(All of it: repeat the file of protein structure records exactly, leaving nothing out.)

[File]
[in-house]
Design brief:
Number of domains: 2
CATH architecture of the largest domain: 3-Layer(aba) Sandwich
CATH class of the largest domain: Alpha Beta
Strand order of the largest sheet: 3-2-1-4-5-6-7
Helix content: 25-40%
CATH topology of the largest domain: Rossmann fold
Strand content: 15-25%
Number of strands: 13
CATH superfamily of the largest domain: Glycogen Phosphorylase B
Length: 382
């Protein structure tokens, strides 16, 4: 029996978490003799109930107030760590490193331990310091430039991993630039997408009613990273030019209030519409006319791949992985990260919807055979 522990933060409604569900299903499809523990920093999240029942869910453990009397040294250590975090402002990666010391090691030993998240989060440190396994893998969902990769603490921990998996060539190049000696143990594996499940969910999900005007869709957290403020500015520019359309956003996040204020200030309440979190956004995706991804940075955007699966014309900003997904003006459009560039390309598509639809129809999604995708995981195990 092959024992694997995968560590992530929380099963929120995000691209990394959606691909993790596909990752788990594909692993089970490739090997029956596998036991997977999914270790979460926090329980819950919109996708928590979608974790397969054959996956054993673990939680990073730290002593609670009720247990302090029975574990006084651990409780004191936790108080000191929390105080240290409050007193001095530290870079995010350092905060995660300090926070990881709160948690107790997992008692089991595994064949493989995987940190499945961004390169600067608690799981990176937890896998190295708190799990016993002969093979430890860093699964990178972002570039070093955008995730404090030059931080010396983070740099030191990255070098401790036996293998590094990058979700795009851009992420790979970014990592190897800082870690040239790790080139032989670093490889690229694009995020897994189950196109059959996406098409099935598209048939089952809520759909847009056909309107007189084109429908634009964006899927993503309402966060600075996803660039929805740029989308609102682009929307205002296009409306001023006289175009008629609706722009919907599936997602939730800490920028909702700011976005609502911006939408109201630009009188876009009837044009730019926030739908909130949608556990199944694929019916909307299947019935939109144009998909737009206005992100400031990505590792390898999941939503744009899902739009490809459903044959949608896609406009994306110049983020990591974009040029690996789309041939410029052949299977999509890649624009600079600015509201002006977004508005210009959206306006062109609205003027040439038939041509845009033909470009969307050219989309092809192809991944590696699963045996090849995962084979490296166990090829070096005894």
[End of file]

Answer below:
[in-house]
Design brief:
Number of domains: 2
CATH architecture of the largest domain: 3-Layer(aba) Sandwich
CATH class of the largest domain: Alpha Beta
Strand order of the largest sheet: 3-2-1-4-5-6-7
Helix content: 25-40%
CATH topology of the largest domain: Rossmann fold
Strand content: 15-25%
Number of strands: 13
CATH superfamily of the largest domain: Glycogen Phosphorylase B
Length: 382
């Protein structure tokens, strides 16, 4: 029996978490003799109930107030760590490193331990310091430039991993630039997408009613990273030019209030519409006319791949992985990260919807055979 522990933060409604569900299903499809523990920093999240029942869910453990009397040294250590975090402002990666010391090691030993998240989060440190396994893998969902990769603490921990998996060539190049000696143990594996499940969910999900005007869709957290403020500015520019359309956003996040204020200030309440979190956004995706991804940075955007699966014309900003997904003006459009560039390309598509639809129809999604995708995981195990 092959024992694997995968560590992530929380099963929120995000691209990394959606691909993790596909990752788990594909692993089970490739090997029956596998036991997977999914270790979460926090329980819950919109996708928590979608974790397969054959996956054993673990939680990073730290002593609670009720247990302090029975574990006084651990409780004191936790108080000191929390105080240290409050007193001095530290870079995010350092905060995660300090926070990881709160948690107790997992008692089991595994064949493989995987940190499945961004390169600067608690799981990176937890896998190295708190799990016993002969093979430890860093699964990178972002570039070093955008995730404090030059931080010396983070740099030191990255070098401790036996293998590094990058979700795009851009992420790979970014990592190897800082870690040239790790080139032989670093490889690229694009995020897994189950196109059959996406098409099935598209048939089952809520759909847009056909309107007189084109429908634009964006899927993503309402966060600075996803660039929805740029989308609102682009929307205002296009409306001023006289175009008629609706722009919907599936997602939730800490920028909702700011976005609502911006939408109201630009009188876009009837044009730019926030739908909130949608556990199944694929019916909307299947019935939109144009998909737009206005992100400031990505590792390898999941939503744009899902739009490809459903044959949608896609406009994306110049983020990591974009040029690996789309041939410029052949299977999509890649624009600079600015509201002006977004508005210009959206306006062109609205003027040439038939041509845009033909470009969307050219989309092809192809991944590696699963045996090849995962084979490296166990090829070096005894």